Lucas Wynne's answer The way I see it, you likely have three options: get on Medicaid, declare bankruptcy or both. Although I am not a bankruptcy lawyer, bankruptcy can actually be helpful to many low-income people who find themselves with a stack of bills they are unable to pay.
Peter Munsing's answer Send a polite but crisp letter asking them to provide proof of the damage. However, if you have homeowners or vehicle insurance you will want to hand this over to them. If your son did the act, you may wish to consider talking to a therapist/counselor about how to appropriately discipline your son by which I mean the ways that may be counter-instinctual but work better than the instinctive ways we all wish to use to reach out and touch the youth.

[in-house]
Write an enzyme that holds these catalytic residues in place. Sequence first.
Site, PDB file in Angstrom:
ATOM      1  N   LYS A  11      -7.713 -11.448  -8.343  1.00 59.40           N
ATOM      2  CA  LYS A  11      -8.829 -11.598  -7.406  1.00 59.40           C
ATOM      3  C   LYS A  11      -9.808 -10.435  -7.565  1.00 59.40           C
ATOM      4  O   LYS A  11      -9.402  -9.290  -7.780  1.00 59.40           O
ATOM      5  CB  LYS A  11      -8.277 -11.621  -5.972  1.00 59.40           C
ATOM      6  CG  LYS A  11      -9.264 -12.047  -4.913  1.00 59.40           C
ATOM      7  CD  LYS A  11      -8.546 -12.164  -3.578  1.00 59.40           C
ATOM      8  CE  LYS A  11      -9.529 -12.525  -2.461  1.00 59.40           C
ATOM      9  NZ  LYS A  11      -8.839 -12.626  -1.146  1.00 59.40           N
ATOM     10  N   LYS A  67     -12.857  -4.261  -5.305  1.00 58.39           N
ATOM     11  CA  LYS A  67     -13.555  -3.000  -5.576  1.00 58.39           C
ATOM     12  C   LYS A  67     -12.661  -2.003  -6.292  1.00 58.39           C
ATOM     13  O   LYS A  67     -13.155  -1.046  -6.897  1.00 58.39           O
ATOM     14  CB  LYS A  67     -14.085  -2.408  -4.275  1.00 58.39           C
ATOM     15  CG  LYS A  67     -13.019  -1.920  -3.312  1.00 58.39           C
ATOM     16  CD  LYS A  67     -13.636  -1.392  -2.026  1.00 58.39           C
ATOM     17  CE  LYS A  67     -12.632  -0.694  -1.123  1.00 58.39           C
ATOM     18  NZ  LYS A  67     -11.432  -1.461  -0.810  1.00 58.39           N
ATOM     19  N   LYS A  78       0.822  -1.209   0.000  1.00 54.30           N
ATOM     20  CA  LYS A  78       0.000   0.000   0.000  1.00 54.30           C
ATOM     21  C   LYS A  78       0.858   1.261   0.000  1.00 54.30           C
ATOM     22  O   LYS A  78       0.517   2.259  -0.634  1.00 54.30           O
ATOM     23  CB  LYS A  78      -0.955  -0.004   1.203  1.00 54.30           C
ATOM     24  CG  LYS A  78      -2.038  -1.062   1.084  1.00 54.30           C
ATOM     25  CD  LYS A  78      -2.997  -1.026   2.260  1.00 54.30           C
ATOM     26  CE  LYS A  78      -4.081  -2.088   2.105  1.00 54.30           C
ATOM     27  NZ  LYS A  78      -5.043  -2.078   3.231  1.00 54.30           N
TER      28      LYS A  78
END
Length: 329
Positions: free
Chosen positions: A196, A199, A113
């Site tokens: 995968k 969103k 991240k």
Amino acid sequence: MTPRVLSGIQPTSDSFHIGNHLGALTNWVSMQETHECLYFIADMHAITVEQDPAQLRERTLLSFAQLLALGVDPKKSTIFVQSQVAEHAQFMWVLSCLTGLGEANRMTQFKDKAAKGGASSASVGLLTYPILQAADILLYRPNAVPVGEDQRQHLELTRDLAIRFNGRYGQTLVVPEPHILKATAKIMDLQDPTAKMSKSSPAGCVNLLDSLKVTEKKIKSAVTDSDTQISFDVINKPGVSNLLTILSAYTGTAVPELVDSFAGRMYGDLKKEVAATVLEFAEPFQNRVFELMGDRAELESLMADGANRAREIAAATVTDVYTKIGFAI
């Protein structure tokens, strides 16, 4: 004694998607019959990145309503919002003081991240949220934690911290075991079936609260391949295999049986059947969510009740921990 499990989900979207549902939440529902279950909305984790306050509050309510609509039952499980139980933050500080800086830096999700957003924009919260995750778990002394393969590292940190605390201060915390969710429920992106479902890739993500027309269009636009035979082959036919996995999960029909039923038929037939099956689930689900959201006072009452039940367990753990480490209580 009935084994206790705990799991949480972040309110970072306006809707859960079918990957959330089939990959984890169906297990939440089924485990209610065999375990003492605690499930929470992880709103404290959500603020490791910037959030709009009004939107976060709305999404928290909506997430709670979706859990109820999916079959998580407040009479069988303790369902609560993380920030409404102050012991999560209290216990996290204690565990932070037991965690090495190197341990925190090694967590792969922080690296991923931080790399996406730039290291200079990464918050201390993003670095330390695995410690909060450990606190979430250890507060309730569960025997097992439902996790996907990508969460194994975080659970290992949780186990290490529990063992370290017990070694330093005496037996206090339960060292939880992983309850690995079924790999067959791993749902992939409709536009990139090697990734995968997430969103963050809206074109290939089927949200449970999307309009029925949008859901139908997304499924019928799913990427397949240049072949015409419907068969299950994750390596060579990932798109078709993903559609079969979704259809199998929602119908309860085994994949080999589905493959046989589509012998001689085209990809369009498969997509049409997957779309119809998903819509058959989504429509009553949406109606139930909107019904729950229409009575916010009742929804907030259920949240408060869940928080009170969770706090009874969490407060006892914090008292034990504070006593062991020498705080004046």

Jim Ed "Jed" Franklin's answer Your question is missing some important information, feel free to contact me via email so I can better answer it. But generally, you should have some interest in your father's estate, though it sounds like there is not much in it. If so, then the "spousal share" may eat up all of the estate. The spousal share is what your stepmother gets from your dad's estate. Nevertheless, it is possible that you are entitled to what is in your father's estate. If your stepmother is the personal...
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